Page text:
Hello, everyone! My name is Karena, and I’m a forty year old American living in Belgium. That sounds pretty glam, but in reality, the life of a stay-at-home mom is the life of a stay-at-home mom, whether you’re doing it in Anytown, USA or Toute-la-Ville, Belgique. I have two young boys, ages 8 and 4, and a wonderful, albeit slightly ornery husband that occupy 95% of my time. We’ve gone native, with the kids in local schools and me fighting tooth and nail to stay ahead of them in the French department. My vices are Belgian chocolate and fine French wines, both of which are available in abundance just by stepping out my door. Clearly, I have my work cut out for me.
In my adult life, I’ve been morbidly obese, I’ve been normal, and I’ve been everything in between. About four years ago, the year I turned 36, I gave myself a goal. Fit by forty. That became my mantra. Not long thereafter I found the Sisterhood. And I’m so glad I did. The Sisterhood has, quite simply, changed my life. Changed me.
Then: I was a
not so young stay at home mom, living in a foreign country with a smattering of French under my ever-widening belt (the belt is metaphoric – all my pants had elastic waistbands). The young kids, the language barrier, the weight, added to my nearly crippling shyness, resulted in my becoming a hermit.
Now: I am a confident 40 year old, can hold my own with the natives conversationally, and require an actual belt for all my pants.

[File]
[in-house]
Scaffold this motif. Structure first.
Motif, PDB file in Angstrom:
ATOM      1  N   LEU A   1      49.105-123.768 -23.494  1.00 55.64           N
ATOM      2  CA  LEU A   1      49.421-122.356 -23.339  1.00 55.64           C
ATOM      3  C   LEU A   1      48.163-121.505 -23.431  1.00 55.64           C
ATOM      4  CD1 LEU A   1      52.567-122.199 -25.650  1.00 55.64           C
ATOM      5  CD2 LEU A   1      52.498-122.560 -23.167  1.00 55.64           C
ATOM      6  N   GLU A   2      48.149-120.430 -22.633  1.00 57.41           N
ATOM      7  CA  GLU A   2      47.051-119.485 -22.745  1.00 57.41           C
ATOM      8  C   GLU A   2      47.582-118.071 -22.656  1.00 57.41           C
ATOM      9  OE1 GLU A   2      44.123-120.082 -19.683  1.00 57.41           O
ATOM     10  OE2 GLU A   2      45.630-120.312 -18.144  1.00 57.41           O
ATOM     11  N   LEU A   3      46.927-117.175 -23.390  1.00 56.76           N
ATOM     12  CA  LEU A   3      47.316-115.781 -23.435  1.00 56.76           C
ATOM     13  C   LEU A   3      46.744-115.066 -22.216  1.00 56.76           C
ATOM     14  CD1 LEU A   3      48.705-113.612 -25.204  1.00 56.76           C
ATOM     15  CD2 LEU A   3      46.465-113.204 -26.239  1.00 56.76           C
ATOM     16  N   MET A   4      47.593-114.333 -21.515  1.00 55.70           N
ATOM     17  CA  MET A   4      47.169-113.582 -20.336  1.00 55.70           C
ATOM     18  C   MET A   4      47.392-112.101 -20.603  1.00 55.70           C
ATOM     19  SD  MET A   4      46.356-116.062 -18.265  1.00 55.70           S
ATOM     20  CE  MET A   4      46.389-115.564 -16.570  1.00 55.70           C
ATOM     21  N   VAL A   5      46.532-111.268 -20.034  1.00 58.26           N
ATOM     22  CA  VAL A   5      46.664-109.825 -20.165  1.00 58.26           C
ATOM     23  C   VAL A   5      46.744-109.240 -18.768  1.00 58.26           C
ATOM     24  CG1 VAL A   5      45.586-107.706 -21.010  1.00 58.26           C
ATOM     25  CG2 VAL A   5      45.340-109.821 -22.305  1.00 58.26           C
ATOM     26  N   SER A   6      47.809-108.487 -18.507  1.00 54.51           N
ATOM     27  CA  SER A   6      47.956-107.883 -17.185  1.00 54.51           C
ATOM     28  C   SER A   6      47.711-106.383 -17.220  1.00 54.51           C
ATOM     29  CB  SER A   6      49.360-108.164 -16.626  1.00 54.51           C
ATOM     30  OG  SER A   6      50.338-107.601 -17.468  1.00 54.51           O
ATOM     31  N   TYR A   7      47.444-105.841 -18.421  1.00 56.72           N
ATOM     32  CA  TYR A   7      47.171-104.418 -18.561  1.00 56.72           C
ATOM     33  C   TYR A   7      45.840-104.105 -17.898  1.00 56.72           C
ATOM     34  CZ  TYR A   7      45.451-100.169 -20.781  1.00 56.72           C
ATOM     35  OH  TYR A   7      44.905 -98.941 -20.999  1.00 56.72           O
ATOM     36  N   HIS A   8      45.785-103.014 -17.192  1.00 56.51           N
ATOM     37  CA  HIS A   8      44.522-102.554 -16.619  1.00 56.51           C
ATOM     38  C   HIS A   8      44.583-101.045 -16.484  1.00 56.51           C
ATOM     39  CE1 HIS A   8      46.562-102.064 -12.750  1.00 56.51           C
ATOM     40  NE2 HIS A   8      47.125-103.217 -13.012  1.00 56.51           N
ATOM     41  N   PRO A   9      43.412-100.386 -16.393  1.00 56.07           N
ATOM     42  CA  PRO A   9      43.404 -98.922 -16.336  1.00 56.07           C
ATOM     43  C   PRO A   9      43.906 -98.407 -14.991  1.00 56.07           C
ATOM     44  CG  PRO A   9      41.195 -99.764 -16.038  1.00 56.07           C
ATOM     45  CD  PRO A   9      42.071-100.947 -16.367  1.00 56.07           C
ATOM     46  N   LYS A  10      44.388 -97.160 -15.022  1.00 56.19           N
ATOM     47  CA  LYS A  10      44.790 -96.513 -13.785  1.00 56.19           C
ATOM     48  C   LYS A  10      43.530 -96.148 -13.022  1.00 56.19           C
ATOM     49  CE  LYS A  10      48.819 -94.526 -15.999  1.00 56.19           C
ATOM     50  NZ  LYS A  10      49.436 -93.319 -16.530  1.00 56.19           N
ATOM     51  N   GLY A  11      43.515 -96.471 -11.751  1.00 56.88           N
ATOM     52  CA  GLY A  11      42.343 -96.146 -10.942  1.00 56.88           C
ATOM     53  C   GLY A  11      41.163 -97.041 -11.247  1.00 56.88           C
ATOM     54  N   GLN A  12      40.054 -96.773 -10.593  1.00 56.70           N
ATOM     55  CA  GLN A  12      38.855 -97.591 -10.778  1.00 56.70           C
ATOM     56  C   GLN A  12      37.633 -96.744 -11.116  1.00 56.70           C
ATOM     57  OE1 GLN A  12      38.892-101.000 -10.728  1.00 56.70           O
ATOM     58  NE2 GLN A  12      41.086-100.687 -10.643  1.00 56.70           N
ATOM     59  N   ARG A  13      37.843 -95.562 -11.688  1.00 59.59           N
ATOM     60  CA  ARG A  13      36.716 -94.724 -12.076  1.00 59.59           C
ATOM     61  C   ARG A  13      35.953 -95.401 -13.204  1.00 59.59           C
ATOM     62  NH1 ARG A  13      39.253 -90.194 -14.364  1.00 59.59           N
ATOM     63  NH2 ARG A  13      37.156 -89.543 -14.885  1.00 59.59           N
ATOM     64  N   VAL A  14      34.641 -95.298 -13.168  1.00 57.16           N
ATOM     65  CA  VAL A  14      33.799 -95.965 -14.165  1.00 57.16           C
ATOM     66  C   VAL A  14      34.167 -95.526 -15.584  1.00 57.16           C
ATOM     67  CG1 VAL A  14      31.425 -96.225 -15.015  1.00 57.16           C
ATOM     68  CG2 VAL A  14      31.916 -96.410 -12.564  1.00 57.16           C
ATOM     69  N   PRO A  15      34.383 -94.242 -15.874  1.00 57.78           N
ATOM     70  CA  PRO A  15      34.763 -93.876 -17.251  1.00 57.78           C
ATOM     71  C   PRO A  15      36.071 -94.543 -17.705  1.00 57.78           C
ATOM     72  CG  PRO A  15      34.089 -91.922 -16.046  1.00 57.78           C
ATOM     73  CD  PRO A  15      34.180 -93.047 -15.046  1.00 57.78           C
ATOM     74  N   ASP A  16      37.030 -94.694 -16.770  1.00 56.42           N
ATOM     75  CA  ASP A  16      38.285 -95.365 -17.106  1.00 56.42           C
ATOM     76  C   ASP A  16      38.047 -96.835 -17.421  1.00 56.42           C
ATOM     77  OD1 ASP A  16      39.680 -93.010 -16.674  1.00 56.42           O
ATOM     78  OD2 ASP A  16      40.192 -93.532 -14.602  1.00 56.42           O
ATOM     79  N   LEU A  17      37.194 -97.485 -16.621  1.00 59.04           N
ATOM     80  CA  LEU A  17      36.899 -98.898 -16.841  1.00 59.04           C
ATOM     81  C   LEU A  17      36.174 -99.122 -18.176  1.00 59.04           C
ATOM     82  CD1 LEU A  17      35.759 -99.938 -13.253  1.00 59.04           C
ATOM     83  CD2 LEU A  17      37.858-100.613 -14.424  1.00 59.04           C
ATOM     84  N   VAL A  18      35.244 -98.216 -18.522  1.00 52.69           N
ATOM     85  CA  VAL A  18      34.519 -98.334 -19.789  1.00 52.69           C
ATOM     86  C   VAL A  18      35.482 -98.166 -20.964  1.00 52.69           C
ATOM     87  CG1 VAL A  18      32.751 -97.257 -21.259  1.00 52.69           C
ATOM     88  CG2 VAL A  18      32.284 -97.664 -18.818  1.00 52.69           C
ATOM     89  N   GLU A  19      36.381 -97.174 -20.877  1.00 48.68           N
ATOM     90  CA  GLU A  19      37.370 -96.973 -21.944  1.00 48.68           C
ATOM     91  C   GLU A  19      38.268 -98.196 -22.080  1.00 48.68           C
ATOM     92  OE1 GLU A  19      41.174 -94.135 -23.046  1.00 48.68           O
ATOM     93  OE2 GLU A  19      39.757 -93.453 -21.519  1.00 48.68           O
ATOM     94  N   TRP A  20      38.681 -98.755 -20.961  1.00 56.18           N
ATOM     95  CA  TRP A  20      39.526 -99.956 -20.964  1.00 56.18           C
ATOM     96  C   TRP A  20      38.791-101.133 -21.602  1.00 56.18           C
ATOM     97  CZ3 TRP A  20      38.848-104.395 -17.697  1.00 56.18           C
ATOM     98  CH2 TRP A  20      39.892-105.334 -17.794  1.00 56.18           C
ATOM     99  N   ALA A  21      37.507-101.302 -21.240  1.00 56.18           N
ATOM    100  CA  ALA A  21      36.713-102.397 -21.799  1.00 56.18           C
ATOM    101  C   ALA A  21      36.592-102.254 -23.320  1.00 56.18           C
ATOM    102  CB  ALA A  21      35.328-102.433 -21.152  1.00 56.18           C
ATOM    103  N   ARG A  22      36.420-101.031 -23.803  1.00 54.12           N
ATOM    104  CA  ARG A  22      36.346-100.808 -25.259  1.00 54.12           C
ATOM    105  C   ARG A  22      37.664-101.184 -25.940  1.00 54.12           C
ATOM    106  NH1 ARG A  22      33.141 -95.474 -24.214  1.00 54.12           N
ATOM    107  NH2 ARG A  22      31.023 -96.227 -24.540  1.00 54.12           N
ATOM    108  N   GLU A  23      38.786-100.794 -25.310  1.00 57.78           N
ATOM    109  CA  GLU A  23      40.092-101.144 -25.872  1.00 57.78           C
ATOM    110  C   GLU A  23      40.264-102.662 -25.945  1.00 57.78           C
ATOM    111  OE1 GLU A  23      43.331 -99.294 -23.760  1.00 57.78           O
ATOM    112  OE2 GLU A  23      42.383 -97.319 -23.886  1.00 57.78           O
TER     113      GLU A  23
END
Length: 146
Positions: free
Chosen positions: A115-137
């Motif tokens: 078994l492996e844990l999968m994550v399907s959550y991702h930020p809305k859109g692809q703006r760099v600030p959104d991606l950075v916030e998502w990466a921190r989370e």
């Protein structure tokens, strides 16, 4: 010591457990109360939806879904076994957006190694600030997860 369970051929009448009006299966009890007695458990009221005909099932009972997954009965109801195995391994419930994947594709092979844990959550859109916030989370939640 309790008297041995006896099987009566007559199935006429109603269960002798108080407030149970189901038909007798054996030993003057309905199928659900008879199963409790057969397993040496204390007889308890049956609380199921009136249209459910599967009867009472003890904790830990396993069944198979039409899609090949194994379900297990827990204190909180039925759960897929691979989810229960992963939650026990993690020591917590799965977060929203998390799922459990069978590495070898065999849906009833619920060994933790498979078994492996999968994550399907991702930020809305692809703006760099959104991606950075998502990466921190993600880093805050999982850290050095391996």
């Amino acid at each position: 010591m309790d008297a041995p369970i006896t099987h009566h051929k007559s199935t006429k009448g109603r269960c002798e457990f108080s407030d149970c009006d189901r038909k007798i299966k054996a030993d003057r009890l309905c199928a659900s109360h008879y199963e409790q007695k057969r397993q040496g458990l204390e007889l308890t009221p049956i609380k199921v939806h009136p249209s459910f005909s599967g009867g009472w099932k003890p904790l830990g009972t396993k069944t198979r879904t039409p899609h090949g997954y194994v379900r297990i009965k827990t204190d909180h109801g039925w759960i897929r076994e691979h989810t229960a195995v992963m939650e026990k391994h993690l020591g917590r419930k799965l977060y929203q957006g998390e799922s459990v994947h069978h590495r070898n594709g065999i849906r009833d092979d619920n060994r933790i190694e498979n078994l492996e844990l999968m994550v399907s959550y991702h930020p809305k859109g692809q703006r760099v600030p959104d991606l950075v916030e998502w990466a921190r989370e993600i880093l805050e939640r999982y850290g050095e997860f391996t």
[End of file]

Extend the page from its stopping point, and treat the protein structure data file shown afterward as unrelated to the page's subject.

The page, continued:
Then: I tried every diet known to woman in attempt after attempt to find what worked for me.
Now: I know what works for me. No quick fixes, no losing ten pounds in two weeks, just real food prepared healthfully. Who’d've guessed?
Then: I exercised like a madwoman to burn as many calories as possible. It was punishment due for every dietary infraction. I pushed too hard and inevitably ended up injured.
Now: I exercise to feel good about myself, to push myself farther, to see what I’m really capable of accomplishing. And to get at least 45 minutes of “me” time in per day. I back off when I need to, and I listen to my body.
Then: I didn’t believe in myself.
Now: I do.
The Sisterhood gave me that. Did they teach me French, write my meal plans, prepare my food, and send me a personal trainer? No. But they gave me a shoulder to lean on, a voice of reason, a focus. Friendship. People that would cheer me on when I was doing well and reign me in when I went off on some wild tangent. A slew of friends, true friends, who would tell me what I needed to hear, even if it wasn’t what I wanted to hear. People that helped me to see that I was so much more than a number on a scale. They gave me confidence.
Here I am. Forty. And yes, fit. The part the Sisterhood has played in my evolution is impossible to put into words. I am honoured, and humbled, to be writing here.